"Which is why -- over time -- our characters' function in Aladdin changed and the humor in this show changed as well," Brian Gonzales, who plays Babkak, stated. "We went from making a lot of pop culture references and doing a lot of commenting on the show itself with meta humor to being dry & sarcastic. And then for a while there, we were really slapstick and silly."

But in the end, what Casey, Chad and Alan eventually realized was that -- as brilliant and as funny as Howard Ashman's unused "Arabian Nights" lyrics were -- they were also allowing the audience to get ahead of the story. Worse than that, because Babkak, Omar and Kassim had been saddled with delivering all of this unnecessary narration, the audience weren't embracing Aladdin's friends with all that much enthusiasm.

"But this is why shows go out-of-town. So that you can fix things," O'Neill continued. "I won't lie to you. It was a hard thing for us to wrap our heads around initially. That the three of us were no longer going to be Aladdin's narrators. But once Brian, Jonathan and I saw how well the show functioned now that Babkak, Omar and Kassim were always part of the story, rather than when we were constantly stepping away and commenting on the action ... Well, speaking for myself, I was happy to take a step back and play the role that we're playing now."

"What really softened the blow here was that Casey and Chad treated us like real collaborators when it came to this show," Brandon stated. "Take, for example, 'High Adventure.' Casey was just so wonderful when it came to this second act number. He told us, 'I trust you guys. Come up with something and then let's see what you've got.' And so -- from show to show -- we'd come in with a new idea, a new joke. Our handprints are all over 'High Adventure.' Of all the numbers in this show, that's the one which is most reflective of how the three of us eventually came together as a comedy team. How we melded all three of our very different comedy styles into something that audiences really seem to enjoy watching as it unfolds onstage."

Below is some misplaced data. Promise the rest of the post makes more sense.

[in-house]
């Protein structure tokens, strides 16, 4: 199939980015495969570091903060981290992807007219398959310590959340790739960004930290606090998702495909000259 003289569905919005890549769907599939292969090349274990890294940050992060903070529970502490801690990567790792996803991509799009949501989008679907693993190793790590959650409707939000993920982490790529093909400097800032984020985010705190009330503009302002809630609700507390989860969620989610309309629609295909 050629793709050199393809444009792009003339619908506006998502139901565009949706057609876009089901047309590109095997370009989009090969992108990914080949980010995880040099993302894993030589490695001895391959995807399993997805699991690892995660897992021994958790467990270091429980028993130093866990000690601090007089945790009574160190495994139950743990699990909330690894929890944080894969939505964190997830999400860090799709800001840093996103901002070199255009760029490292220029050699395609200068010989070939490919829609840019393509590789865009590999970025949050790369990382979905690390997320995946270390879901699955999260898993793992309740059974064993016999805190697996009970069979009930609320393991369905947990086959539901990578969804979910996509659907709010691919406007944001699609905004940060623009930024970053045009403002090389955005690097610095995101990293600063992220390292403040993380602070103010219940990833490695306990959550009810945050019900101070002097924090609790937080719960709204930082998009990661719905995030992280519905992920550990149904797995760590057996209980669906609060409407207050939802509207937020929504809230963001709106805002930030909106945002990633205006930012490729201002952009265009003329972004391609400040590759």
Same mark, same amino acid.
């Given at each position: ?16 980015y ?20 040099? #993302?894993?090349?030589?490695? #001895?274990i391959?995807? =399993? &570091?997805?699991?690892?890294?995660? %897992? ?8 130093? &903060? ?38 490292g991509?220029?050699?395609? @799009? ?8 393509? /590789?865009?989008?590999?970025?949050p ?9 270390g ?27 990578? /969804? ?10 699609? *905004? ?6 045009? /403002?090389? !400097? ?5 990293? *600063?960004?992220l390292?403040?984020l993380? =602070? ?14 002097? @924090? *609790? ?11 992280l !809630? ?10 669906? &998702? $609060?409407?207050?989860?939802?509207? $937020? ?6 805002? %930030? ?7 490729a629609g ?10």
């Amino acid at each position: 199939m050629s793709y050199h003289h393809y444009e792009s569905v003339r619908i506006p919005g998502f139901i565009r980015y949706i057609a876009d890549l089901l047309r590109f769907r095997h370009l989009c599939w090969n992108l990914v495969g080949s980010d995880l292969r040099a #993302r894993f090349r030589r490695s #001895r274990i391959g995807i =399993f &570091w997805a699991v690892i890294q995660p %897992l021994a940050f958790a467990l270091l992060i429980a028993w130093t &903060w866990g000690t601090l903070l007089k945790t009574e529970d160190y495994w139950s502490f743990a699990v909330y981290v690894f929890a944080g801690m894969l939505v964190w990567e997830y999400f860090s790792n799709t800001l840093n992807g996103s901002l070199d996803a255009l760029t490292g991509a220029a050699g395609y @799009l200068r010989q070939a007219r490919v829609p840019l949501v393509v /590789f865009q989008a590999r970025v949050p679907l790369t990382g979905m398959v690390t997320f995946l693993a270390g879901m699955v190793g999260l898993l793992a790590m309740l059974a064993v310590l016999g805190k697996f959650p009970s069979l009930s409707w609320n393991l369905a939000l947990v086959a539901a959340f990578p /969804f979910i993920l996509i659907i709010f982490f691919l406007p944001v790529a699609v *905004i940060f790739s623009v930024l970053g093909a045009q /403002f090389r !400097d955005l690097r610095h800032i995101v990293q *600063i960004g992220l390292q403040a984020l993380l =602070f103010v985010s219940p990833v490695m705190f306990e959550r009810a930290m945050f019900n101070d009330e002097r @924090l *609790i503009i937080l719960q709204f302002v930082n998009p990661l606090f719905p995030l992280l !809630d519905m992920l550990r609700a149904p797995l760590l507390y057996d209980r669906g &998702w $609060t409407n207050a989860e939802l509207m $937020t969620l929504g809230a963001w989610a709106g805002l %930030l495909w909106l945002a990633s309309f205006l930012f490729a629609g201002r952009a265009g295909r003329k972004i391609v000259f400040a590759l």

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And given the huge waves of laughter that crash down on the stage as Babkak, Omar and Kassim race off to rescue their friend Aladdin... Well, it kind of makes you wonder how Fields, Cantor, Wynn and Rogers must have felt when they stood in the exact same spot at the New Amsterdam as Gonzales, O'Neill and Schwartz do now.

"I can't look up sometimes," Jonathan admitted. "Because of the way the New Amsterdam is set up, the audience is very close to the stage. And I worry that -- if I look up sometime and see how people are actually up there in the balcony & the mezzanine staring at me -- I might have a panic attack. I mean, I love hearing those big, big laughs. But because the audience at the New Amsterdam is so close to the action, I honestly have to tell myself sometimes not to look at them."

Which perhaps explains why -- given that Jonathan Freeman and Don Darryl Rivera do so many of their scenes in Disney Aladdin in one (which is Broadway parlance for staging a scene out in front of a closed curtain at the very lip of the stage) -- Rivera's favorite place at the New Amsterdam is now one of the quieter corners found in this historic old theater. Which is the public lounge on the basement lobby level.

"My favorite place in this theater is the New Amsterdam room. I just love that statue on the ceiling. I love the fact that there's still one original painting in there. It feels special just to be able to walk into that place. There's just something about that room which makes me feel kind of like royalty," Don enthused.

Mind you, there's a line from Shakespeare's As You Like It carved into the ceiling of the New Amsterdam Room that seems entirely appropriate, given the topic of today's article. It reads, "I had rather have a fool to make me merry than experience to make me sad.''

But given the great reviews that Disney Aladdin got when it opened last month, I would imagine that a good many people are going to be made merry once they get the chance to experience Gonzales, O'Neill, Riveria and Schwartz's antics in this new musical comedy. Which -- just like Ziegfeld did back with his Follies -- proves how entertaining things can be when you mix high art with low clowns.